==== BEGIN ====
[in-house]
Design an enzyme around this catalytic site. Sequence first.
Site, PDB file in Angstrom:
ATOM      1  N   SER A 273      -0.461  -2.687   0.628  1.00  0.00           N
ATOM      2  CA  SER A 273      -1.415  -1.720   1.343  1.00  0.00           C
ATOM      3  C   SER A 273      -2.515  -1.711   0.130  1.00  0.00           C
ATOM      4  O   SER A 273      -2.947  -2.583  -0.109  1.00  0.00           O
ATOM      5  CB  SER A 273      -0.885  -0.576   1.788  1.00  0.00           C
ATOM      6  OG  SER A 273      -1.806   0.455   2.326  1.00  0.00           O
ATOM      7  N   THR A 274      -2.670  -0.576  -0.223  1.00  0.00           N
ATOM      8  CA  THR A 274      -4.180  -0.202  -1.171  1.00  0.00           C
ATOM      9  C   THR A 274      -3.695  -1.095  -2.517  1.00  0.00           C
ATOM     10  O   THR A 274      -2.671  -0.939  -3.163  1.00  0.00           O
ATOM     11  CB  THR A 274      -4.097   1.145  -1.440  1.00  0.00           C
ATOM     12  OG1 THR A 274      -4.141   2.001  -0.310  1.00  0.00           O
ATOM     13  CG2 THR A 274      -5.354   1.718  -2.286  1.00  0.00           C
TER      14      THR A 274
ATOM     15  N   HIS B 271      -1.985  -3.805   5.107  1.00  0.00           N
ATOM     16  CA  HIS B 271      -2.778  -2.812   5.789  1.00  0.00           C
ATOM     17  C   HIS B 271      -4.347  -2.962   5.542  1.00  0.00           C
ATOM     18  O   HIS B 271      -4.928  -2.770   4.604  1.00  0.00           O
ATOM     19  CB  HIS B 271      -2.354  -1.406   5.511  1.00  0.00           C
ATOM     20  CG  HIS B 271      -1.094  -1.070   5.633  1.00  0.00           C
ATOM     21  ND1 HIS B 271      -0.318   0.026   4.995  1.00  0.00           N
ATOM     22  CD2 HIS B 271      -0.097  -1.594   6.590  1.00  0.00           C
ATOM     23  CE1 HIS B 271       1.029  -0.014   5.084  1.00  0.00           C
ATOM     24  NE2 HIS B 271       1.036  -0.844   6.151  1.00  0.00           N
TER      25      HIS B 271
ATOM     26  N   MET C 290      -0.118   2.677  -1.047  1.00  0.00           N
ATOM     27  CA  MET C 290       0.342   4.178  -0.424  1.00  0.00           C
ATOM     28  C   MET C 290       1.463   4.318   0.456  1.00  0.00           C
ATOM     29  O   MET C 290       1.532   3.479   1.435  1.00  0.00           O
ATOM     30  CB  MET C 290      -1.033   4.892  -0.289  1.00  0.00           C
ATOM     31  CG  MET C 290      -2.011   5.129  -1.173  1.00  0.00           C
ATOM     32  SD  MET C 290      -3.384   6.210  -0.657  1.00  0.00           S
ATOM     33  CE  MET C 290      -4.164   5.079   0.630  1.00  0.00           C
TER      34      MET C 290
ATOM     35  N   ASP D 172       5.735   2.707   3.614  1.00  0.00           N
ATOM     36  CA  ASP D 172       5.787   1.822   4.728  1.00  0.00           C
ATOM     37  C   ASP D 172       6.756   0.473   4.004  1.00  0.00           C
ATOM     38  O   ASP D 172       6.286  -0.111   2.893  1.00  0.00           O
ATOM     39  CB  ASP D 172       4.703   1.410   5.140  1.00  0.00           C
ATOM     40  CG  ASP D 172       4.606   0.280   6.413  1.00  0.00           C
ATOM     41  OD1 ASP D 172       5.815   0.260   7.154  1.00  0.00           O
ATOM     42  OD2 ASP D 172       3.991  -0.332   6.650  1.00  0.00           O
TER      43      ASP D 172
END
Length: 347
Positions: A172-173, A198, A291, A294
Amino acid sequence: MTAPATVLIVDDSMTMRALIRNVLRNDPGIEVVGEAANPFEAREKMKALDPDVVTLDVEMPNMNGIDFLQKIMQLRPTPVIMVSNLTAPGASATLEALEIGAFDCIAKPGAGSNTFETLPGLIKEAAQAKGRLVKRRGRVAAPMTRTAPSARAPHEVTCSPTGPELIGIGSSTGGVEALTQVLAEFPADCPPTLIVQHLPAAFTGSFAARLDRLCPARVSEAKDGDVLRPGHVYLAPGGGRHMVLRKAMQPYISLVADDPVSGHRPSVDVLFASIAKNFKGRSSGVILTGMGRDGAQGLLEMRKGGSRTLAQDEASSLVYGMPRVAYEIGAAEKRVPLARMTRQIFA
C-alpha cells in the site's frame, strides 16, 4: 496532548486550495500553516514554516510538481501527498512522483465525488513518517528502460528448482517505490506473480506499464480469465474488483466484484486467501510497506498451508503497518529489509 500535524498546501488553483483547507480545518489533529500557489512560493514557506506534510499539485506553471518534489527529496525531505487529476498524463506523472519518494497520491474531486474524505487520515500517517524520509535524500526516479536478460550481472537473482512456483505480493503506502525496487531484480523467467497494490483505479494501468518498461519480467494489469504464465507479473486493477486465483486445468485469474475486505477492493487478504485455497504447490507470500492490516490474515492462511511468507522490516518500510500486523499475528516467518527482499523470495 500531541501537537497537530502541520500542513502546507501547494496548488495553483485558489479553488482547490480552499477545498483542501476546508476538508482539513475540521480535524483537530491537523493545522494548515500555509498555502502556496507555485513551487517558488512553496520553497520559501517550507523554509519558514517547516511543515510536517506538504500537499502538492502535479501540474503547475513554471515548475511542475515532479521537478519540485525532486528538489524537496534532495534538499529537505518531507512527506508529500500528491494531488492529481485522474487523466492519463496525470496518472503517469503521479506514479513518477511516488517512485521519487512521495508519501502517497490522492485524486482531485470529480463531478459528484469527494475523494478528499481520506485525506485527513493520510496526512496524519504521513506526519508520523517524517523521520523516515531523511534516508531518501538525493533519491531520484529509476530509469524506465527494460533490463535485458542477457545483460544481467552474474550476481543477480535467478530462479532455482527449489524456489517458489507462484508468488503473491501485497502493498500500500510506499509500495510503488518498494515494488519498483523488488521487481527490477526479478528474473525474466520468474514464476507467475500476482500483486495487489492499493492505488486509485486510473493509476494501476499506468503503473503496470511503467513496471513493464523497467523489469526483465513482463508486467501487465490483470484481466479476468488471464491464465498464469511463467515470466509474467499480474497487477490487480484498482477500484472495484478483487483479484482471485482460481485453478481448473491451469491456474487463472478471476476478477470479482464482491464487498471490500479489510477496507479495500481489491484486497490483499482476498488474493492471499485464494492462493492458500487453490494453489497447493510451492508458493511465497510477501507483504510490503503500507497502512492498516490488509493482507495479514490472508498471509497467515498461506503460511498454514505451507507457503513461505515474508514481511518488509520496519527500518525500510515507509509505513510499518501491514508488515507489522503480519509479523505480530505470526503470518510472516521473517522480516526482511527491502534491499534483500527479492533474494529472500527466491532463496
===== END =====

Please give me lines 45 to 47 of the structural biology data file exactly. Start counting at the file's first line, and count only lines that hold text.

ATOM     42  OD2 ASP D 172       3.991  -0.332   6.650  1.00  0.00           O
TER      43      ASP D 172
END